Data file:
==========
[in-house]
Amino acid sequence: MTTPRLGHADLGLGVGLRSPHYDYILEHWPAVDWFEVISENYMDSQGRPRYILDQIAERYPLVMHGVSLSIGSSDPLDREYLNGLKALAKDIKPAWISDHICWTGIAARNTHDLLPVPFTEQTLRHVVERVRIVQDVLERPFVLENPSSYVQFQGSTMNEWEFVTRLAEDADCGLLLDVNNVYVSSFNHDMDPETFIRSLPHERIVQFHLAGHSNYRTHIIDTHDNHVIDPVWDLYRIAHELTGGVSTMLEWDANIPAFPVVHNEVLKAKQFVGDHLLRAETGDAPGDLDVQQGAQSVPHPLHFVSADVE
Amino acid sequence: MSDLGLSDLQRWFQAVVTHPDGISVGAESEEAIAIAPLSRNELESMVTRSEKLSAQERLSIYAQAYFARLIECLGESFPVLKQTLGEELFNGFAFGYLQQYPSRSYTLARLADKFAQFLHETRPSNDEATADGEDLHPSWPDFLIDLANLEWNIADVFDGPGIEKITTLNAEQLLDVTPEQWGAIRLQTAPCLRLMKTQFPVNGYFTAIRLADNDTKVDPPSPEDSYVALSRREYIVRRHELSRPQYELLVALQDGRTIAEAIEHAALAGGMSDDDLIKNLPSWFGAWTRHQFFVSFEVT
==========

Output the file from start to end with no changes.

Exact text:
[in-house]
Amino acid sequence: MTTPRLGHADLGLGVGLRSPHYDYILEHWPAVDWFEVISENYMDSQGRPRYILDQIAERYPLVMHGVSLSIGSSDPLDREYLNGLKALAKDIKPAWISDHICWTGIAARNTHDLLPVPFTEQTLRHVVERVRIVQDVLERPFVLENPSSYVQFQGSTMNEWEFVTRLAEDADCGLLLDVNNVYVSSFNHDMDPETFIRSLPHERIVQFHLAGHSNYRTHIIDTHDNHVIDPVWDLYRIAHELTGGVSTMLEWDANIPAFPVVHNEVLKAKQFVGDHLLRAETGDAPGDLDVQQGAQSVPHPLHFVSADVE
Amino acid sequence: MSDLGLSDLQRWFQAVVTHPDGISVGAESEEAIAIAPLSRNELESMVTRSEKLSAQERLSIYAQAYFARLIECLGESFPVLKQTLGEELFNGFAFGYLQQYPSRSYTLARLADKFAQFLHETRPSNDEATADGEDLHPSWPDFLIDLANLEWNIADVFDGPGIEKITTLNAEQLLDVTPEQWGAIRLQTAPCLRLMKTQFPVNGYFTAIRLADNDTKVDPPSPEDSYVALSRREYIVRRHELSRPQYELLVALQDGRTIAEAIEHAALAGGMSDDDLIKNLPSWFGAWTRHQFFVSFEVT